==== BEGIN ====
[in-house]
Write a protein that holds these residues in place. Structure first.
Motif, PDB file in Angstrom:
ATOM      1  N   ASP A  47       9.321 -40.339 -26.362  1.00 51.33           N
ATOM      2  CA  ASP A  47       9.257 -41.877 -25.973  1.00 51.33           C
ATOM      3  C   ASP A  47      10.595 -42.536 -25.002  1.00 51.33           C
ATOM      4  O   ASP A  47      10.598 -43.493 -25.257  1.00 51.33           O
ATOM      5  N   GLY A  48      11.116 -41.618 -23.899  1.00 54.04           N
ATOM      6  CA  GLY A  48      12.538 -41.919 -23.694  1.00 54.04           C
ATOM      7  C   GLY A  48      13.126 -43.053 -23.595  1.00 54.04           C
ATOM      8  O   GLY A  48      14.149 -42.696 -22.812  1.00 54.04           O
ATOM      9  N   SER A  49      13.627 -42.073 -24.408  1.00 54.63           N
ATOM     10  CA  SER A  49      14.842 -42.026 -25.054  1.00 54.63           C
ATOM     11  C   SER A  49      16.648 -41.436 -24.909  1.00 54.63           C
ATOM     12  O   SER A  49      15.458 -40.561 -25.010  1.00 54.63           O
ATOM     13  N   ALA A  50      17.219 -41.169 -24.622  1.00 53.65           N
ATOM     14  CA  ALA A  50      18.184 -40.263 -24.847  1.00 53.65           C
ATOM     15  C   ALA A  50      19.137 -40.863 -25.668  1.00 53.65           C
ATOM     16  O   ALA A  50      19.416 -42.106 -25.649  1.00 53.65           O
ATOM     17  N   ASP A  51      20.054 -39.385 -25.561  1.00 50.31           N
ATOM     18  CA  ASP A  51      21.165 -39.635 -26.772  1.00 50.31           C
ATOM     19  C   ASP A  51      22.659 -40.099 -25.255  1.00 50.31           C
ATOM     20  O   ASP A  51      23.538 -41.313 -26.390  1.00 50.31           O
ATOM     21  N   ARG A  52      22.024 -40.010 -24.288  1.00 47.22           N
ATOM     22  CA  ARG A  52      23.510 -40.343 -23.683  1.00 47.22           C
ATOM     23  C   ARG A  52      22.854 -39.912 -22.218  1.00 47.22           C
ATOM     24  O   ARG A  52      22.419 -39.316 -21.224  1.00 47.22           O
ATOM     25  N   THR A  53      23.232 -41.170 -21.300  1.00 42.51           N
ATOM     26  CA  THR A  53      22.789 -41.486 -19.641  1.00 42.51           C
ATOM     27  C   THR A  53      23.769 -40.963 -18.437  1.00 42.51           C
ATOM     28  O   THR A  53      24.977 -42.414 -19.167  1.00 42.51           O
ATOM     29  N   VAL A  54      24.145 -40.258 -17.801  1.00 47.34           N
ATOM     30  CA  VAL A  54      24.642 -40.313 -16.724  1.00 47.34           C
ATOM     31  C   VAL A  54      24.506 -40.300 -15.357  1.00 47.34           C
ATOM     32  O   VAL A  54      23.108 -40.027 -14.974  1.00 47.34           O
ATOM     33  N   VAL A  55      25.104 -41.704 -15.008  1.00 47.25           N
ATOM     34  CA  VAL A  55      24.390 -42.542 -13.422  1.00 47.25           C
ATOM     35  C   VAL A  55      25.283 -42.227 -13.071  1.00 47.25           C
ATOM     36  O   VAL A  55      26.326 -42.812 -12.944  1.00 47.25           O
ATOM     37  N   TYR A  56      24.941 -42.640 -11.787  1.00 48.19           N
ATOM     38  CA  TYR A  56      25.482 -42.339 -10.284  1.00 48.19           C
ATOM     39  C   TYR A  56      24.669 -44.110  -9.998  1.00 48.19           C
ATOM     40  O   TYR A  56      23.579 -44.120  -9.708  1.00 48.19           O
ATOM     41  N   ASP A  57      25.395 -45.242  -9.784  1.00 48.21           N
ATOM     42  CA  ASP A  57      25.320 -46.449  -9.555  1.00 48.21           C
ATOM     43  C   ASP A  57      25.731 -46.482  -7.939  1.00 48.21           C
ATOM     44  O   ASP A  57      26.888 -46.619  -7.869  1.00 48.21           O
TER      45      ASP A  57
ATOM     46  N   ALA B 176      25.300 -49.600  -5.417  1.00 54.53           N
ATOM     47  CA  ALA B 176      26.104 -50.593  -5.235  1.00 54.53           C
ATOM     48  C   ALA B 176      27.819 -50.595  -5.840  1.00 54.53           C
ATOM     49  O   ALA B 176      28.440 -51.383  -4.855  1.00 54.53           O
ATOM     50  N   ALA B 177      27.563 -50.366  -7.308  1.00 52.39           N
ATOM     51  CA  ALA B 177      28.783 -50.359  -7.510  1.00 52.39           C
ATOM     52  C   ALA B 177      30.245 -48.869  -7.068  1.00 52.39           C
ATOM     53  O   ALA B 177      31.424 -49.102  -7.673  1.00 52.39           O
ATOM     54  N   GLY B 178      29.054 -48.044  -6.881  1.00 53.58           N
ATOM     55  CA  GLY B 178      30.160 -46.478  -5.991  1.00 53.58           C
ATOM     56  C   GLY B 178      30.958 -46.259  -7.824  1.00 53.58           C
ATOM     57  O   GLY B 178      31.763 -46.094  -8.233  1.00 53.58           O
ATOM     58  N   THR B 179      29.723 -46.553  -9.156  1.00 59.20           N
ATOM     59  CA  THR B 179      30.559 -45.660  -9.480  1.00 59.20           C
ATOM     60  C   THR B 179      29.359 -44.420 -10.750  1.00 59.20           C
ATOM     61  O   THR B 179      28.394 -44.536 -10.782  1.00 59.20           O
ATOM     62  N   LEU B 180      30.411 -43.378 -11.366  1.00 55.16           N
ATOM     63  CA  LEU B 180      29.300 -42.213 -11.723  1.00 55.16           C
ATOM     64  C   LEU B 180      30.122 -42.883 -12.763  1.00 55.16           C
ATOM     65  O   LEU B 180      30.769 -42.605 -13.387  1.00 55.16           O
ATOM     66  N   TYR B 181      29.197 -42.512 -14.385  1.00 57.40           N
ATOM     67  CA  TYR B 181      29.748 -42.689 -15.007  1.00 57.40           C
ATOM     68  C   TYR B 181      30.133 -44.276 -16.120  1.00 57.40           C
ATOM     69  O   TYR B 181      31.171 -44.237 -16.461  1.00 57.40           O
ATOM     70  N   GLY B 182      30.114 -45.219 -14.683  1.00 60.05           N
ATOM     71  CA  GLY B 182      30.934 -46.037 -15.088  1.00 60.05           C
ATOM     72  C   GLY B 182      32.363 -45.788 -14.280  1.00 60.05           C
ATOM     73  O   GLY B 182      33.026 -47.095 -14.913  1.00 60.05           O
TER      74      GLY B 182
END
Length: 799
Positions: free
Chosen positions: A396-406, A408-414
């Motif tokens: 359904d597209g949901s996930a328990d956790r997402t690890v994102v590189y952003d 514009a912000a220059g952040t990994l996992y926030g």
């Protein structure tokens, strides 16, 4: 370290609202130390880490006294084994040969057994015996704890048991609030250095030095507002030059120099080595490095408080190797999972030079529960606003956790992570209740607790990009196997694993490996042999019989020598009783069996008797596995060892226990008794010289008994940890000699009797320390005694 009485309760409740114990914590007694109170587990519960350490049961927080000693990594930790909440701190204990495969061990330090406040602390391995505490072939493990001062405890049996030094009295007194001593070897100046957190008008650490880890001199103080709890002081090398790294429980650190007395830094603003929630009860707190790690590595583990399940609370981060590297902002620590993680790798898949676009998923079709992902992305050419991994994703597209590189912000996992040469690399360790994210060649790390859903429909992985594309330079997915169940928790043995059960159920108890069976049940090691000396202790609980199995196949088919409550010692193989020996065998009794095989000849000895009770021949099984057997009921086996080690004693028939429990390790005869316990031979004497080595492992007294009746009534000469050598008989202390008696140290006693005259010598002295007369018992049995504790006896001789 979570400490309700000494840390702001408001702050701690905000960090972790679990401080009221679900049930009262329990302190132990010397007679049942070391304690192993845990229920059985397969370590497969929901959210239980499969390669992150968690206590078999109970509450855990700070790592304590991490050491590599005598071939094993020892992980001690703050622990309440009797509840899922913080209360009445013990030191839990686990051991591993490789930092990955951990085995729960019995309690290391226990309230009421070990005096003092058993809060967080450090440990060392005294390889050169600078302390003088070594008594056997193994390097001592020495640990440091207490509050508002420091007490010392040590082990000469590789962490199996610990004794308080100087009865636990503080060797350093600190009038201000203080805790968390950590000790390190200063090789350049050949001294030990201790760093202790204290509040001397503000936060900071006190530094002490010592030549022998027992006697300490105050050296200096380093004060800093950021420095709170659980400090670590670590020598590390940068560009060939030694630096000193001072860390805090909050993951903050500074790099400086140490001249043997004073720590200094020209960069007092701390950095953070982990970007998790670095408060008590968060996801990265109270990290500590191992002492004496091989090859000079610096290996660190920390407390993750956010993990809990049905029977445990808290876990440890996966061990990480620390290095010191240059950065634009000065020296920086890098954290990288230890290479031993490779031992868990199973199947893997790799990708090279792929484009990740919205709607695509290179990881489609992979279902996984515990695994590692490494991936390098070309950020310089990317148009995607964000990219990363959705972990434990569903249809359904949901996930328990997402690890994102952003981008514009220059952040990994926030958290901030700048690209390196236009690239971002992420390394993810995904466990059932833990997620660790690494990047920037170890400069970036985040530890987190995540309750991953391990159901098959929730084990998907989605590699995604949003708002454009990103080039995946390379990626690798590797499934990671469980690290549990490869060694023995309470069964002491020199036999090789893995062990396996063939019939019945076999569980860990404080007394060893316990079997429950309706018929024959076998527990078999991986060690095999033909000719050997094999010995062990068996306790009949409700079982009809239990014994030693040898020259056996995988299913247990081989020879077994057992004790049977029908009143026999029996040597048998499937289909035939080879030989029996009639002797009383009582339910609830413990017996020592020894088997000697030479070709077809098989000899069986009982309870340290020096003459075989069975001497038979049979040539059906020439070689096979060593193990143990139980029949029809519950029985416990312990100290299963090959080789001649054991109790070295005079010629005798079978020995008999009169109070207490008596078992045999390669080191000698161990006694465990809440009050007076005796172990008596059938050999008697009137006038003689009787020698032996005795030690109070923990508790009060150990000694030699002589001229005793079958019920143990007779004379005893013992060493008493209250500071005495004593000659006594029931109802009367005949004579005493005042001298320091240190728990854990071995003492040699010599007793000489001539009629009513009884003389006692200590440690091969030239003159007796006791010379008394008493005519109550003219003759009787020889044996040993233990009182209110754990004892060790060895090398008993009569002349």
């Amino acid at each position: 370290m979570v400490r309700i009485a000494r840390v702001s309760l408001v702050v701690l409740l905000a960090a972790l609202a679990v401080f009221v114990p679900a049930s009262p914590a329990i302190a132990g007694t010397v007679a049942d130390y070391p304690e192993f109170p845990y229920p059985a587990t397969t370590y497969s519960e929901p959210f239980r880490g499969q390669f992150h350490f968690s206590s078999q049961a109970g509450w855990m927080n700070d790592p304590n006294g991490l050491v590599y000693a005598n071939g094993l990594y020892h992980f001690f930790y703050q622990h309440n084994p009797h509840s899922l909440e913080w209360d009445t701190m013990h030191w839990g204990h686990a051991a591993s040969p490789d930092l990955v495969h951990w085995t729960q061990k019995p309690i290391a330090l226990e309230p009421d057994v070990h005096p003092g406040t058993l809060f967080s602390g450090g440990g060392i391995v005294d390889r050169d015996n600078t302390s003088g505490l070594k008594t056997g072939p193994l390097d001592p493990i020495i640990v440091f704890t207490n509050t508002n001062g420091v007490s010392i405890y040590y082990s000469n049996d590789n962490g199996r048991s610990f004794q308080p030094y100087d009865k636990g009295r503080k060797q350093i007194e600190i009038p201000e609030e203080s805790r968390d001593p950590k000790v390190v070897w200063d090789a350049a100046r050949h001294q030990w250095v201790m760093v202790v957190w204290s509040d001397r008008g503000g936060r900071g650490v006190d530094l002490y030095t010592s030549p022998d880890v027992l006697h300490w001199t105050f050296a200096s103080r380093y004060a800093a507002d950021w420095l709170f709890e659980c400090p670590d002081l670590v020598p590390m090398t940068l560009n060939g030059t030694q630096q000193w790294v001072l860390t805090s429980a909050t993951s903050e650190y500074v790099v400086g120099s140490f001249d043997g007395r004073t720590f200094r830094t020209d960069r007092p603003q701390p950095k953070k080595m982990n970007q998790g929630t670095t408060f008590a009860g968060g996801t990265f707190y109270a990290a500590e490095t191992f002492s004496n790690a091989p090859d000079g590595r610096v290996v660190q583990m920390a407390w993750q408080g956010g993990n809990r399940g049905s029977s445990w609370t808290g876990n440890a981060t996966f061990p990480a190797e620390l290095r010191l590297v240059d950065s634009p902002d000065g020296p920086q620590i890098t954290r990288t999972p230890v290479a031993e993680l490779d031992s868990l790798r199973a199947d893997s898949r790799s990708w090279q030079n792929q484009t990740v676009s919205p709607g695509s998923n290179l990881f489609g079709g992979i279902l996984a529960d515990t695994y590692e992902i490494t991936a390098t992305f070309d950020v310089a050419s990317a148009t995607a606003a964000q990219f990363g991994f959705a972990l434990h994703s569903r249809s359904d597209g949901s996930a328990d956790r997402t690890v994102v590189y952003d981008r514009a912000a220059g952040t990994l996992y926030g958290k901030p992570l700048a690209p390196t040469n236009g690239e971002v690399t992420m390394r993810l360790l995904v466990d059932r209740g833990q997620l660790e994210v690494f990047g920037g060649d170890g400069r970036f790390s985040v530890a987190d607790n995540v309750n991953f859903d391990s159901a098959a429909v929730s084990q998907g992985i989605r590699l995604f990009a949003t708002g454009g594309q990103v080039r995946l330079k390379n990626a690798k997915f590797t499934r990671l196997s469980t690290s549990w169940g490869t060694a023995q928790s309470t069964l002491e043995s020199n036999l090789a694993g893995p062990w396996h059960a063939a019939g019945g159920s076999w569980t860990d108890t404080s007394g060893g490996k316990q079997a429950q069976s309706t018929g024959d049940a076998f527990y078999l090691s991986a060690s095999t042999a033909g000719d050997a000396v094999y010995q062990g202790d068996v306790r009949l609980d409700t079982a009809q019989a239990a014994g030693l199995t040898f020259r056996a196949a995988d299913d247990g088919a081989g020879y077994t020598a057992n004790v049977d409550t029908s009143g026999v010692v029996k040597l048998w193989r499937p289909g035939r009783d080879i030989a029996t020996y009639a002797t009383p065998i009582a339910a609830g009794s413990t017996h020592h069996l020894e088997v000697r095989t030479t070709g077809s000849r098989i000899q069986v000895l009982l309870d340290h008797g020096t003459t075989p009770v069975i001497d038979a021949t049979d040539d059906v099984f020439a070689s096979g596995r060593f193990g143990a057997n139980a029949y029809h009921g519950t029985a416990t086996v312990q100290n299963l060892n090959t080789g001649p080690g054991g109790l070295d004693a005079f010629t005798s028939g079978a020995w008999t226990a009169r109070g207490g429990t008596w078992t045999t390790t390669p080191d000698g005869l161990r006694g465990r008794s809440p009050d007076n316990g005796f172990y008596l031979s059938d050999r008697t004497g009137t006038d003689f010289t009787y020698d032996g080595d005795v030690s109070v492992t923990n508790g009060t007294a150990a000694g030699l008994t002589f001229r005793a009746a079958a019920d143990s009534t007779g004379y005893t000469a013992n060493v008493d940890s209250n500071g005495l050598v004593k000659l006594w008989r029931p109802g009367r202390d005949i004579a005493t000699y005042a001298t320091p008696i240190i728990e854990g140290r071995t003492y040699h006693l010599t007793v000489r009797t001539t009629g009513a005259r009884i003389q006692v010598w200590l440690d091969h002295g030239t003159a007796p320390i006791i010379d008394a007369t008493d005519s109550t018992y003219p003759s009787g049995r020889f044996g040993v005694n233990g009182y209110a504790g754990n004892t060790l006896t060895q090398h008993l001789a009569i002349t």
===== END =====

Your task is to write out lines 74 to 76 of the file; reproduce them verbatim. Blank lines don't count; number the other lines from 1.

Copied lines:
ATOM     71  CA  GLY B 182      30.934 -46.037 -15.088  1.00 60.05           C
ATOM     72  C   GLY B 182      32.363 -45.788 -14.280  1.00 60.05           C
ATOM     73  O   GLY B 182      33.026 -47.095 -14.913  1.00 60.05           O